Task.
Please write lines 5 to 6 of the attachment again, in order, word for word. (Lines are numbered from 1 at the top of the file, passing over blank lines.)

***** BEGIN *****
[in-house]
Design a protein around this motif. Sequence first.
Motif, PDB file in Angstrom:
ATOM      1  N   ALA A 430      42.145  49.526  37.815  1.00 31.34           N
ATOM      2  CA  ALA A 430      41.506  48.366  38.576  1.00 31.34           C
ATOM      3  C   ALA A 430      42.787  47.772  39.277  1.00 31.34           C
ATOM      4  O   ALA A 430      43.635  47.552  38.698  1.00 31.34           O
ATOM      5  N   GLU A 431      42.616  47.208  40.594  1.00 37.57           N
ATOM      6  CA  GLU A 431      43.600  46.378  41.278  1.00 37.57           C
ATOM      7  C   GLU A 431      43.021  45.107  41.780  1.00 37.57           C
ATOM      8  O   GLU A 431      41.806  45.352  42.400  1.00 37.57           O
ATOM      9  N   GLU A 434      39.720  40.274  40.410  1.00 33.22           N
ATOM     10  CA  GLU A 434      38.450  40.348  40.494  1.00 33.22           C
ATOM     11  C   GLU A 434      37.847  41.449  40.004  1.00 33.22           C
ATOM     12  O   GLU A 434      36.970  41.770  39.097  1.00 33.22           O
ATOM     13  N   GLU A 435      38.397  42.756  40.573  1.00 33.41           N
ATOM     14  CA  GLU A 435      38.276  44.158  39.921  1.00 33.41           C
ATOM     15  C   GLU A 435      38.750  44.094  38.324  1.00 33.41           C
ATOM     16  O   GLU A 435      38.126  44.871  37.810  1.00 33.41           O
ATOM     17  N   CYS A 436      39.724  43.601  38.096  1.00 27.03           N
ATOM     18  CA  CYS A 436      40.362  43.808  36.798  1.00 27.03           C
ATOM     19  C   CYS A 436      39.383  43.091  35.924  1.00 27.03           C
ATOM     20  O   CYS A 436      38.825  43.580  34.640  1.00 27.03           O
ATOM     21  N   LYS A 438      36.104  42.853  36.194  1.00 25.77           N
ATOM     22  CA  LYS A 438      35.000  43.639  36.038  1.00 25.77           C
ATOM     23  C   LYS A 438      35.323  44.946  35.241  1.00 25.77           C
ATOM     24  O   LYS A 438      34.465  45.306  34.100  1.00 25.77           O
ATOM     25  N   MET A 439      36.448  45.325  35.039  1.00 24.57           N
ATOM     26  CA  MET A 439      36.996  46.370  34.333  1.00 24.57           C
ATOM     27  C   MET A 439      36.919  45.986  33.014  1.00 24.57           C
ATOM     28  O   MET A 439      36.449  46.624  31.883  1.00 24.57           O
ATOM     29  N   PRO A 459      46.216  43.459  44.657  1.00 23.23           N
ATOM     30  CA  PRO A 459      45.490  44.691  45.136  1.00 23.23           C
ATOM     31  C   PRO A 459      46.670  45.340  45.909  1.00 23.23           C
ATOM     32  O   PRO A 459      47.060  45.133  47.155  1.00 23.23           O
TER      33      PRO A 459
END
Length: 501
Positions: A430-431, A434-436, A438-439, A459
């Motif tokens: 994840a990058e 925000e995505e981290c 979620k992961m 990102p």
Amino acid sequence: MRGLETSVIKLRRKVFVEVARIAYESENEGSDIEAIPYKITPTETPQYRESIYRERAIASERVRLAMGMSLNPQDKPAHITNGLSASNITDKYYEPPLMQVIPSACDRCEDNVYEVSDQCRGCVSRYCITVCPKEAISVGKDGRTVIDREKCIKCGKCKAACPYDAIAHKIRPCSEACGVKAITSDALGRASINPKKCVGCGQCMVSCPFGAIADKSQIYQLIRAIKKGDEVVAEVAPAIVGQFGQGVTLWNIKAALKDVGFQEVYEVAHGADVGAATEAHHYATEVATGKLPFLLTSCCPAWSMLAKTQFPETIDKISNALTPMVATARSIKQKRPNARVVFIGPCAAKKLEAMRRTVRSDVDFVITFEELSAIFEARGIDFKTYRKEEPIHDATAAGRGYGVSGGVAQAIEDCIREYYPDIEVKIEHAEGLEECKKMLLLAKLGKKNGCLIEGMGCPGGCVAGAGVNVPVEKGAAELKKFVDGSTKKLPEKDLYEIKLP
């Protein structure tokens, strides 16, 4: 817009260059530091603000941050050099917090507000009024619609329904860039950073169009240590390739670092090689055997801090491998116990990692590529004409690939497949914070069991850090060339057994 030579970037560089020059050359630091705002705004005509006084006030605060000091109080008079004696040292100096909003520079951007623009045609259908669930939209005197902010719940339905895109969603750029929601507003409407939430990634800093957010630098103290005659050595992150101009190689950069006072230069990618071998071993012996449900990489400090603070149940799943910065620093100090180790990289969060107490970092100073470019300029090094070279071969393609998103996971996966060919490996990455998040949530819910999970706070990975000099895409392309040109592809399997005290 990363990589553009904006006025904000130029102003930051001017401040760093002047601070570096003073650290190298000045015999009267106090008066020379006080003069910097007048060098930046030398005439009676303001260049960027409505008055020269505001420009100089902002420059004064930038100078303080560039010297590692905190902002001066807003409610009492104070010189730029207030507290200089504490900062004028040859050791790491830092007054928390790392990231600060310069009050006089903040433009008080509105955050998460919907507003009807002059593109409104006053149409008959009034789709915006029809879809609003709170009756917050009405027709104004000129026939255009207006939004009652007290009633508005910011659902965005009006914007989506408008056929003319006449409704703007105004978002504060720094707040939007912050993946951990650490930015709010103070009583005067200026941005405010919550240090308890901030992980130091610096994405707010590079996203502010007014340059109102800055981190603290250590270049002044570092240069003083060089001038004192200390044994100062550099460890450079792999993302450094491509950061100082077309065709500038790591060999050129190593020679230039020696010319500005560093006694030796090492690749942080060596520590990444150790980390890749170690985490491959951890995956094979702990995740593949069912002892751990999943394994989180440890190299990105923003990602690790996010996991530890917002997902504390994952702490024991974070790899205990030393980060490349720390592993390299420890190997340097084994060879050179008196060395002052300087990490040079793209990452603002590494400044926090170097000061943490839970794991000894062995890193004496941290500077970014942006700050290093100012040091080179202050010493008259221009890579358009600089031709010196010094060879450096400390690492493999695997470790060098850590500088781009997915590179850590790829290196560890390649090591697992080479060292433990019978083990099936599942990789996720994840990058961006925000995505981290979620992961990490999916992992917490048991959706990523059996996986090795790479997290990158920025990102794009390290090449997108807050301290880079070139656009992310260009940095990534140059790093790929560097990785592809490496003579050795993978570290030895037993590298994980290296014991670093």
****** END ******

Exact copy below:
ATOM      2  CA  ALA A 430      41.506  48.366  38.576  1.00 31.34           C
ATOM      3  C   ALA A 430      42.787  47.772  39.277  1.00 31.34           C